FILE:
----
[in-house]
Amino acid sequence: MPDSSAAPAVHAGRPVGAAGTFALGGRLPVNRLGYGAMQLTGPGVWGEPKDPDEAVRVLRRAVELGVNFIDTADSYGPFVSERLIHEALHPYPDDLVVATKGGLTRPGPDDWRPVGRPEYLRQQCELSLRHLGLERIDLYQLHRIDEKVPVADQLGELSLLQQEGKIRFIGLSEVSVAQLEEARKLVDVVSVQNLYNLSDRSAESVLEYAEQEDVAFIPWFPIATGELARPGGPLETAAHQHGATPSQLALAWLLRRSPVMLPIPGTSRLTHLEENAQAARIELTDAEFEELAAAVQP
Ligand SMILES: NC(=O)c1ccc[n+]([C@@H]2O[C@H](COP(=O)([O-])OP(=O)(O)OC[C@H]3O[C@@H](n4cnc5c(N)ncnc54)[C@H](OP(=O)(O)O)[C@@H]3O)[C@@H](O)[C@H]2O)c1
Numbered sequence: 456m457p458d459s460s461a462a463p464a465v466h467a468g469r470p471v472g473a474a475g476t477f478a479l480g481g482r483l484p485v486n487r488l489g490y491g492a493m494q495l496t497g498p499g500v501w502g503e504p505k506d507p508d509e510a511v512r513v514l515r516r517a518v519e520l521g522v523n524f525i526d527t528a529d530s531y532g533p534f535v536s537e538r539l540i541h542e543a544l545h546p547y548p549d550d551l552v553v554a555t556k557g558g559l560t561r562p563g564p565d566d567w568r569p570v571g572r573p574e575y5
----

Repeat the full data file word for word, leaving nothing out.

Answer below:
[in-house]
Amino acid sequence: MPDSSAAPAVHAGRPVGAAGTFALGGRLPVNRLGYGAMQLTGPGVWGEPKDPDEAVRVLRRAVELGVNFIDTADSYGPFVSERLIHEALHPYPDDLVVATKGGLTRPGPDDWRPVGRPEYLRQQCELSLRHLGLERIDLYQLHRIDEKVPVADQLGELSLLQQEGKIRFIGLSEVSVAQLEEARKLVDVVSVQNLYNLSDRSAESVLEYAEQEDVAFIPWFPIATGELARPGGPLETAAHQHGATPSQLALAWLLRRSPVMLPIPGTSRLTHLEENAQAARIELTDAEFEELAAAVQP
Ligand SMILES: NC(=O)c1ccc[n+]([C@@H]2O[C@H](COP(=O)([O-])OP(=O)(O)OC[C@H]3O[C@@H](n4cnc5c(N)ncnc54)[C@H](OP(=O)(O)O)[C@@H]3O)[C@@H](O)[C@H]2O)c1
Numbered sequence: 456m457p458d459s460s461a462a463p464a465v466h467a468g469r470p471v472g473a474a475g476t477f478a479l480g481g482r483l484p485v486n487r488l489g490y491g492a493m494q495l496t497g498p499g500v501w502g503e504p505k506d507p508d509e510a511v512r513v514l515r516r517a518v519e520l521g522v523n524f525i526d527t528a529d530s531y532g533p534f535v536s537e538r539l540i541h542e543a544l545h546p547y548p549d550d551l552v553v554a555t556k557g558g559l560t561r562p563g564p565d566d567w568r569p570v571g572r573p574e575y5